I’ve been struggling the past few weeks because I’ve realised that the check in texts are getting non-existent. The first few weeks after someone dies, everyone wants to check in but after a few weeks everyone’s lives get back to normal. And why shouldn’t they, but I think it’s the months after that you really need your friends and family around. The moments when you forget are so difficult too. Last week I stupidly said to my wife, “I must meet Dad, I haven’t seen him in ages.” 

Forgetting that my dad had passed away and in that moment I just broke down because everything felt so real then. I miss him so much, I miss his laugh, I miss his stupid dad jokes and I miss everything annoying about him too. 

I feel like when you are grieving you expect to go through the different stages and finally get to the stage of acceptance. Truth is, it doesn’t work like that. Some days I am good and other days I am so angry and sad. I’m angry at stupid things, I am angry at people who never reached out to say I’m sorry for your loss and I am angry that my dad died and there are plenty of evil people out there still alive into their old age. There was even a stage that I was angry at people because they were happy and I was not. I didn’t mean to be like that but my wife reassured me that it was all part of grief.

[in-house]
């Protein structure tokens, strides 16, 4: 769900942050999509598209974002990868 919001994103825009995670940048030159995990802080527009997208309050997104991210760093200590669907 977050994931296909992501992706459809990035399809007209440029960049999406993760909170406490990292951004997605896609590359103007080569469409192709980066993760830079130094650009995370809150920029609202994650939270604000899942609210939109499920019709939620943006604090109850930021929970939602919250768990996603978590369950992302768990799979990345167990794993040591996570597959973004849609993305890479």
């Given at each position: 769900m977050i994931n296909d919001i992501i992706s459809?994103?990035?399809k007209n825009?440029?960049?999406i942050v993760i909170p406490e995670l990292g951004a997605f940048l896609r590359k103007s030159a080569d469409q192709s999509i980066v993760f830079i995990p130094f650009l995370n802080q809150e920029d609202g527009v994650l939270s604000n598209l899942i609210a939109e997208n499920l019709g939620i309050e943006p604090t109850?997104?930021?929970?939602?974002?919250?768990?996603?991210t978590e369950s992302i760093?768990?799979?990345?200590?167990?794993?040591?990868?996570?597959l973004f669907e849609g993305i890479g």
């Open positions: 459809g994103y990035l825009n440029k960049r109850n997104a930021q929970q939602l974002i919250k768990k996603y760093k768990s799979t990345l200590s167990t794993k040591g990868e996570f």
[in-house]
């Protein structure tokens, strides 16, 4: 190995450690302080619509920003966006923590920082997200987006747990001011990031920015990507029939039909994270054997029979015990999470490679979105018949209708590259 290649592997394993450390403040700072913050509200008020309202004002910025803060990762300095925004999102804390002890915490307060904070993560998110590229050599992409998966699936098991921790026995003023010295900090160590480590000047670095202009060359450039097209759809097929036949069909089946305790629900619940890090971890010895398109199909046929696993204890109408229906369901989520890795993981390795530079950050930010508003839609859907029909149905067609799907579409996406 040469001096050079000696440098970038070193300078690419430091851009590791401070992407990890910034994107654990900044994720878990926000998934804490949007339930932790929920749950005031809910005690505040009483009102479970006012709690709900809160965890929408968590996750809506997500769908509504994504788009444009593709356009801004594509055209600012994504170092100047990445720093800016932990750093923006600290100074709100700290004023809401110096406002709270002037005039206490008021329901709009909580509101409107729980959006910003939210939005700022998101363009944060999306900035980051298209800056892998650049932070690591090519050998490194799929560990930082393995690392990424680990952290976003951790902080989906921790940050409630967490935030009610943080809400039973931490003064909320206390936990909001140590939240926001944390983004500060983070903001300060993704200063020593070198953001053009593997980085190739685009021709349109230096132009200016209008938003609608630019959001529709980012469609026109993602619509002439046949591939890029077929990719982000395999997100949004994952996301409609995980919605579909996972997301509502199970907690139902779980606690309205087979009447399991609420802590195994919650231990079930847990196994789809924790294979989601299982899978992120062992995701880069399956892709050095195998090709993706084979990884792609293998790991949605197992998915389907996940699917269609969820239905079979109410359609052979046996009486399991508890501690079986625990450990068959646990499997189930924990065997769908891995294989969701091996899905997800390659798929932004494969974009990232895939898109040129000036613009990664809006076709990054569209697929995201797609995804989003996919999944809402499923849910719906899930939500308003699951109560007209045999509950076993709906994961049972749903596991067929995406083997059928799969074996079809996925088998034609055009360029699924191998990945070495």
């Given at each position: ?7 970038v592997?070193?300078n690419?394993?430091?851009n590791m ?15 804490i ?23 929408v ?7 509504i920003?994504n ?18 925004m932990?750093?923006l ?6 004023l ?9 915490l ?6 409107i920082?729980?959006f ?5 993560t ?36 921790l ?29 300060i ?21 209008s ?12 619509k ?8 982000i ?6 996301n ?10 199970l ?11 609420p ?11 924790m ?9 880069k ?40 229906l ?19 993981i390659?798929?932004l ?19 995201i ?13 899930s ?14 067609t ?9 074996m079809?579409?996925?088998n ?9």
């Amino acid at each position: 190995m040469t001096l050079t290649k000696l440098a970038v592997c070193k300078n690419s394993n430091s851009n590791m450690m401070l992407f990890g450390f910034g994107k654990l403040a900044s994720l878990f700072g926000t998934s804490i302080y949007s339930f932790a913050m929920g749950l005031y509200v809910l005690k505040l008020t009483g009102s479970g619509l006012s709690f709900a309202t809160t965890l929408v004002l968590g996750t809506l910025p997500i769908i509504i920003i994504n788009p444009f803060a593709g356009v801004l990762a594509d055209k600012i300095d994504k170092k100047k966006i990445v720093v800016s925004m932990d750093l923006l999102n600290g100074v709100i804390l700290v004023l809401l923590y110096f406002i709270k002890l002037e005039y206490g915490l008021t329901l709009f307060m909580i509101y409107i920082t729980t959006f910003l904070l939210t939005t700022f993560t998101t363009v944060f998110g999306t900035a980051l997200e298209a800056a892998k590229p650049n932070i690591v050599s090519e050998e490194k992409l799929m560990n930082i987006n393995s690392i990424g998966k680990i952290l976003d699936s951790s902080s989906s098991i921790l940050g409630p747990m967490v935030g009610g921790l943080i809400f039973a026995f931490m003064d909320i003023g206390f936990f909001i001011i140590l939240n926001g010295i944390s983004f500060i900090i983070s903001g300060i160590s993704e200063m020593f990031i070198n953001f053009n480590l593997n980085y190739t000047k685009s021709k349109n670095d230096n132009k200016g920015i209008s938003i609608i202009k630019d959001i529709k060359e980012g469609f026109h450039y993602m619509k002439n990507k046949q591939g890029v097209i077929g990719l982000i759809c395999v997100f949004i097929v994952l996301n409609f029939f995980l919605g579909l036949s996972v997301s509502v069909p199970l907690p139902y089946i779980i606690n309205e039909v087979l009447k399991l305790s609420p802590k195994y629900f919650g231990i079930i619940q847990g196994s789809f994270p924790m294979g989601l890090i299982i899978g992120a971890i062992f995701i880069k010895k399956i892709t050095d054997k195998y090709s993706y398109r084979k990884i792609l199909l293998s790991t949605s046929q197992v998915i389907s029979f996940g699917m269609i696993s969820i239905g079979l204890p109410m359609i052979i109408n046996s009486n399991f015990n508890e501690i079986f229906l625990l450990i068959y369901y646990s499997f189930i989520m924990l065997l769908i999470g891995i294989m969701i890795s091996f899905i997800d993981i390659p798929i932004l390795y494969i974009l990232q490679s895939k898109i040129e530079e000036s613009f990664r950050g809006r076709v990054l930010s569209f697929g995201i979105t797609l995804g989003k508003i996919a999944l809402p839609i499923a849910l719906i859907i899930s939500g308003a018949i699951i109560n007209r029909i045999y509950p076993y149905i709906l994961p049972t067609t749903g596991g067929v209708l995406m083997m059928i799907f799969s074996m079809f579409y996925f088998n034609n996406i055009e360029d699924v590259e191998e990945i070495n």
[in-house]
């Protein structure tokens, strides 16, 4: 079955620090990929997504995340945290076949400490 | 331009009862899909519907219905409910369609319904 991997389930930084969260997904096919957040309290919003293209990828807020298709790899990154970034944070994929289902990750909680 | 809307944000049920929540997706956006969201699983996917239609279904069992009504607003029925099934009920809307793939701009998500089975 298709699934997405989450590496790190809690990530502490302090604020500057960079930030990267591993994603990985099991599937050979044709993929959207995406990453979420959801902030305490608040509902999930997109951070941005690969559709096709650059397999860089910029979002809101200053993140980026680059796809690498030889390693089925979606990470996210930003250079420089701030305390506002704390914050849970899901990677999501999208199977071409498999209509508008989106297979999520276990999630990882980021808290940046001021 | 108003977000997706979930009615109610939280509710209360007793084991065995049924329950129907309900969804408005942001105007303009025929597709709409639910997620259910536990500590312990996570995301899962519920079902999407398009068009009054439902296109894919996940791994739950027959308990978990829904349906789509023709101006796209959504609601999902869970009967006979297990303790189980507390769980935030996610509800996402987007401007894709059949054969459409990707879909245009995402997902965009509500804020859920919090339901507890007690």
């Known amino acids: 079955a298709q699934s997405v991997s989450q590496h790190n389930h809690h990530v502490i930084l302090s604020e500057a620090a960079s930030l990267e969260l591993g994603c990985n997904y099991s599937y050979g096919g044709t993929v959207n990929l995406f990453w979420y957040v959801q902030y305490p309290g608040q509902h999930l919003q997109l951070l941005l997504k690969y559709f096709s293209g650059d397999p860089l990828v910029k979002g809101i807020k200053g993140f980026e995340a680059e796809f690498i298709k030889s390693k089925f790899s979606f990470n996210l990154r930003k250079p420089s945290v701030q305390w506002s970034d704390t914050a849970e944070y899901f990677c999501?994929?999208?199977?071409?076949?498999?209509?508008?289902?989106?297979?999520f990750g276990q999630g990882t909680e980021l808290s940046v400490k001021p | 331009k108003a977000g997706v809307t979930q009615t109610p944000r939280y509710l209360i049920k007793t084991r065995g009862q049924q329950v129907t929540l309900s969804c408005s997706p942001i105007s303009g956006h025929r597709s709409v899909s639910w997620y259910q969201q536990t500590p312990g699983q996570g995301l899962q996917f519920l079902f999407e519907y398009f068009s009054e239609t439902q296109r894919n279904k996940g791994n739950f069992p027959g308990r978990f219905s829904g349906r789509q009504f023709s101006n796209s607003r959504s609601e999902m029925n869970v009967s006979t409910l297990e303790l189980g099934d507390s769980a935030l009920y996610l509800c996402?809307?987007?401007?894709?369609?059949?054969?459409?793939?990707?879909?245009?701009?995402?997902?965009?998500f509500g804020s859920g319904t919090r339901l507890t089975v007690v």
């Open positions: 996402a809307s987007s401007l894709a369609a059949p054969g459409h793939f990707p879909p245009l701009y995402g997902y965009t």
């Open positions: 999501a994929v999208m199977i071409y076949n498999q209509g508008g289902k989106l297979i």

My whole life, I’ve been a little ball of anxiety and a worrier. I worry all the time about everyone else. As I often said to my wife, “that’s just how God made me.” As I mentioned above, I’ve been suffering with nerve pain, well that’s what my ms team think it is. Obviously my anxiety is telling me that it’s a brain tumour or cancer or my blood vessels are going to pop. It’s so hard not to suffer anxiety and panic attacks when the pain can become so severe, especially at night. I’ve been struggling because I find it difficult to put myself first. I always want to make sure everyone else is okay but I never make sure that I am okay. Recently I’ve tried to look after myself because since my dad passed away, I haven’t been. Ive been eating and sometimes I haven’t been. I’ve been trying to work and act normal. I’ve realised something through this, if I keep going this way, who is going to look after me?. MS is so unpredictable and I am most likely going through a flare up and so I thought I’d take a leaf out of any flight attendants book. When you are sitting on a plane and they are showing you the emergency plan, they tell you to put a mask on yourself first before you put it on a child. This made me think.